New analysis finds Sanders's plans would add $19 trillion to debt

New analysis finds Sanders's plans would add $19 trillion to debt
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The Committee for a Responsible Federal Budget (CRFB) says the proposals of Democratic presidential candidate Bernie SandersBernard (Bernie) SandersOvernight Defense: Senate passes 0B defense bill | 3,000 US troops heading to Afghanistan | Two more Navy officials fired over ship collisions Senate passes 0B defense bill Dems fear lasting damage from Clinton-Sanders fight MORE would add $19 trillion to the debt — an increase from its previous estimate.

In an analysis published in April, the CRFB estimated that the Independent senator's proposals would add $2 trillion to $15 trillion to the debt, depending on the cost of Sanders's single-payer healthcare plan. Since then, two new independent analyses have found that the healthcare plan "would cost dramatically more than the campaign-provided estimates suggest," the CRFB said Thursday in its updated analysis.

"As a result, we no longer provide a 'low health cost' estimate based on the numbers cited by the Sanders campaign," the group said.

The CRFB found that Sanders would increase spending and revenue "to far beyond any previous levels in the United States over the last half century."

Sanders's initiatives would cause debt to rise from 86 percent of gross domestic product (GDP) by 2026 under current law to 154 percent of GDP by 2026, the group said.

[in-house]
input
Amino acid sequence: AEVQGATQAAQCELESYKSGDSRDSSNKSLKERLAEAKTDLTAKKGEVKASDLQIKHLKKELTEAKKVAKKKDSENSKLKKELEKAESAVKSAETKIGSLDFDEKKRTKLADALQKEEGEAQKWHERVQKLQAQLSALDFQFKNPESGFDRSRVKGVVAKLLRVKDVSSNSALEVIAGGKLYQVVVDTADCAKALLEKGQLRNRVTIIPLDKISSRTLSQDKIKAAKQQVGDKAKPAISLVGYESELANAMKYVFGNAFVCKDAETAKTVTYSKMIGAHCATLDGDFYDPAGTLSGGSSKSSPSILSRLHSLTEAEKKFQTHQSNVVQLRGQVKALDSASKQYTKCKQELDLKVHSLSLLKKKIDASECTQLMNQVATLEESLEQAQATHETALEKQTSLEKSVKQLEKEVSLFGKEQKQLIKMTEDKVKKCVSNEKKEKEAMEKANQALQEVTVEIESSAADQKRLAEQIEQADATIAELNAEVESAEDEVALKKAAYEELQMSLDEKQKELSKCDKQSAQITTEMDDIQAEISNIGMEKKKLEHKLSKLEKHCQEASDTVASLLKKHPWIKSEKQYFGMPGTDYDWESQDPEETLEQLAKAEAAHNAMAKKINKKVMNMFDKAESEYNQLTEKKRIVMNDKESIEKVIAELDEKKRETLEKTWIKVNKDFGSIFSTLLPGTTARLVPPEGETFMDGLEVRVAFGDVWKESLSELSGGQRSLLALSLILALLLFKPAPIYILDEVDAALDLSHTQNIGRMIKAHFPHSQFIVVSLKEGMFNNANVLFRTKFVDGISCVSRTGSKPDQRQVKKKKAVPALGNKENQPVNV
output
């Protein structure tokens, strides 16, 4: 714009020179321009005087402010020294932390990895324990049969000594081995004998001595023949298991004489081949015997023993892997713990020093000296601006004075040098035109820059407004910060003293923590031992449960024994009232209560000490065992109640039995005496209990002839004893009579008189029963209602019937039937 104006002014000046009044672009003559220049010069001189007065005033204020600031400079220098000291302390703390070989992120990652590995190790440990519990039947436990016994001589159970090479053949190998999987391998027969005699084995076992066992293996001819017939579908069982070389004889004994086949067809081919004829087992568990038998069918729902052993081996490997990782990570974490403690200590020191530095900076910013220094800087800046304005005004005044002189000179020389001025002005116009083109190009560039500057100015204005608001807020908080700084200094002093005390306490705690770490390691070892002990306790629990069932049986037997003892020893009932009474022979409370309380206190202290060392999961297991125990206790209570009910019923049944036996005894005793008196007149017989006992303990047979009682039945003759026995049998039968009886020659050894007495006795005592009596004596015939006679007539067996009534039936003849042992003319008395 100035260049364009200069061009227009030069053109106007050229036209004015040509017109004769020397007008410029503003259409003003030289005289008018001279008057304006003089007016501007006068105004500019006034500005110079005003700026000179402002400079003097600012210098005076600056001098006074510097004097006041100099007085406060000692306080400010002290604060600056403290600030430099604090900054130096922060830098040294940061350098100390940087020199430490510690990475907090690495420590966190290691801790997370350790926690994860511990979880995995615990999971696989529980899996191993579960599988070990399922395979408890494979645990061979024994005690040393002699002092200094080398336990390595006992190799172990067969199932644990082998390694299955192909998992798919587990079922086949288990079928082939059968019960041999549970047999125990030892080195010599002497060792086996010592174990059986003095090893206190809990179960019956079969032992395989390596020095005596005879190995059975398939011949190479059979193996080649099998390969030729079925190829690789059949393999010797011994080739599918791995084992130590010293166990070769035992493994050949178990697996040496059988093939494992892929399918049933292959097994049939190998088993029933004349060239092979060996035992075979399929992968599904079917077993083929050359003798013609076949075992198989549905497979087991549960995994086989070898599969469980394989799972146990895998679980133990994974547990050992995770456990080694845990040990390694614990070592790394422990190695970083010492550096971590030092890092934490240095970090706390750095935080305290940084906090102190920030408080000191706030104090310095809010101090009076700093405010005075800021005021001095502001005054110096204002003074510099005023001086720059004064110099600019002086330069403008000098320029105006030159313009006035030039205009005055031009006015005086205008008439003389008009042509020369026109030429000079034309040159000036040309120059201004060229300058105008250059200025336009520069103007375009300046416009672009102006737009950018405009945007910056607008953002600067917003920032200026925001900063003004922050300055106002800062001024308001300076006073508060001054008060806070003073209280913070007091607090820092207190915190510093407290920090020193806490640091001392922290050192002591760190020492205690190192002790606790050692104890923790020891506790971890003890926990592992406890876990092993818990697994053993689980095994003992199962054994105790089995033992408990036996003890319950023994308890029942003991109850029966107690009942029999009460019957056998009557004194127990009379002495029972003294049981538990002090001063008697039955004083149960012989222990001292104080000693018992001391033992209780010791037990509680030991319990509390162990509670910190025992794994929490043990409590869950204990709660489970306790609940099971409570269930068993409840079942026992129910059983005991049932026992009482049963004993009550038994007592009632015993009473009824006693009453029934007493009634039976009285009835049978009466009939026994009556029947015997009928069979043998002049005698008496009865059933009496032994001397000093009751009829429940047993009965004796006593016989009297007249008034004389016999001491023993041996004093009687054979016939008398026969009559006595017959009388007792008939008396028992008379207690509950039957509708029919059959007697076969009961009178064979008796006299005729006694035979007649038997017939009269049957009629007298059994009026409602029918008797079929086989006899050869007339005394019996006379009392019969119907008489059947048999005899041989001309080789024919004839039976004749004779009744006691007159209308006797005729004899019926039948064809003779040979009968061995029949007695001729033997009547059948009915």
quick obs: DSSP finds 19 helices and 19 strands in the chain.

The Sanders campaign has estimated that the candidate's proposals are fully paid for and would lower deficits by $2.8 trillion over 10 years.

But the CRFB found through its analysis of estimates from independent sources that in most cases, Sanders's tax proposals would not raise enough revenue to offset costs.

The one exception is with his plan to expand Social Security, where the CRFB found that the campaign is overestimating costs and underestimating revenue.

The CRFB has estimated that Sanders's opponent for the Democratic presidential nomination, Hillary ClintonHillary Diane Rodham ClintonBiden slams Trump over golf gif hitting Clinton Overnight Cybersecurity: Equifax hit by earlier hack | What to know about Kaspersky controversy | Officials review EU-US privacy pact Overnight Tech: Equifax hit by earlier undisclosed hack | Facebook takes heat over Russian ads | Alt-right Twitter rival may lose domain MORE, would not signficantly increase current debt levels. The group estimated that likely Republican presidential nominee Donald TrumpDonald John TrumpBiden slams Trump over golf gif hitting Clinton Trump Jr. declines further Secret Service protection: report Report: Mueller warned Manafort to expect an indictment MORE would increase the debt by about $12 trillion over a decade.